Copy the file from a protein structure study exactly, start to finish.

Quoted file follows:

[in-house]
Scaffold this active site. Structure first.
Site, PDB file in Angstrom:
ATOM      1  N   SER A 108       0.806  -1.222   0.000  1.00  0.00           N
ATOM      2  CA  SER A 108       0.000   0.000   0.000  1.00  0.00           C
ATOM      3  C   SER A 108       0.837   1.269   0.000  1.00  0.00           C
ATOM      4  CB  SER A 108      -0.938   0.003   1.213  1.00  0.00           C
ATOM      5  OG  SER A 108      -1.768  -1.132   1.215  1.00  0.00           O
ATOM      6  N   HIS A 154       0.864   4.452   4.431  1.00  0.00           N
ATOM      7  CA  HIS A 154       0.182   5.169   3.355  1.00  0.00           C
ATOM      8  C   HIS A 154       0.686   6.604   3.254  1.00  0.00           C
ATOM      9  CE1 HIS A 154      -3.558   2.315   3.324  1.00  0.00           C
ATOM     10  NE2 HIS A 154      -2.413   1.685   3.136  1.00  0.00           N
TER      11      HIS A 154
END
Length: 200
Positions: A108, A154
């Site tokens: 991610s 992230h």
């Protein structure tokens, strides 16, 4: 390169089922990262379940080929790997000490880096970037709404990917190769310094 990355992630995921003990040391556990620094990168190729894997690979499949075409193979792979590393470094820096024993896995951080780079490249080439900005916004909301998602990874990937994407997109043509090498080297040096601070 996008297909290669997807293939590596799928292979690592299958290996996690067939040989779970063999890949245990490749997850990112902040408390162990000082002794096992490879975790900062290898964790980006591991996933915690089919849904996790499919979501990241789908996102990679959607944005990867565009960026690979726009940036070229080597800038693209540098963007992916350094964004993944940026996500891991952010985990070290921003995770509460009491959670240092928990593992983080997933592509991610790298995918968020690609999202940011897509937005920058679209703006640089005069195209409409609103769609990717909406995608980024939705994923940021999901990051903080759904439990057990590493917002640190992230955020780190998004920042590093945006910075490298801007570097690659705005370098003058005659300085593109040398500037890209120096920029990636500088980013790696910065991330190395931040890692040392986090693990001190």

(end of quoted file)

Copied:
[in-house]
Scaffold this active site. Structure first.
Site, PDB file in Angstrom:
ATOM      1  N   SER A 108       0.806  -1.222   0.000  1.00  0.00           N
ATOM      2  CA  SER A 108       0.000   0.000   0.000  1.00  0.00           C
ATOM      3  C   SER A 108       0.837   1.269   0.000  1.00  0.00           C
ATOM      4  CB  SER A 108      -0.938   0.003   1.213  1.00  0.00           C
ATOM      5  OG  SER A 108      -1.768  -1.132   1.215  1.00  0.00           O
ATOM      6  N   HIS A 154       0.864   4.452   4.431  1.00  0.00           N
ATOM      7  CA  HIS A 154       0.182   5.169   3.355  1.00  0.00           C
ATOM      8  C   HIS A 154       0.686   6.604   3.254  1.00  0.00           C
ATOM      9  CE1 HIS A 154      -3.558   2.315   3.324  1.00  0.00           C
ATOM     10  NE2 HIS A 154      -2.413   1.685   3.136  1.00  0.00           N
TER      11      HIS A 154
END
Length: 200
Positions: A108, A154
């Site tokens: 991610s 992230h």
């Protein structure tokens, strides 16, 4: 390169089922990262379940080929790997000490880096970037709404990917190769310094 990355992630995921003990040391556990620094990168190729894997690979499949075409193979792979590393470094820096024993896995951080780079490249080439900005916004909301998602990874990937994407997109043509090498080297040096601070 996008297909290669997807293939590596799928292979690592299958290996996690067939040989779970063999890949245990490749997850990112902040408390162990000082002794096992490879975790900062290898964790980006591991996933915690089919849904996790499919979501990241789908996102990679959607944005990867565009960026690979726009940036070229080597800038693209540098963007992916350094964004993944940026996500891991952010985990070290921003995770509460009491959670240092928990593992983080997933592509991610790298995918968020690609999202940011897509937005920058679209703006640089005069195209409409609103769609990717909406995608980024939705994923940021999901990051903080759904439990057990590493917002640190992230955020780190998004920042590093945006910075490298801007570097690659705005370098003058005659300085593109040398500037890209120096920029990636500088980013790696910065991330190395931040890692040392986090693990001190």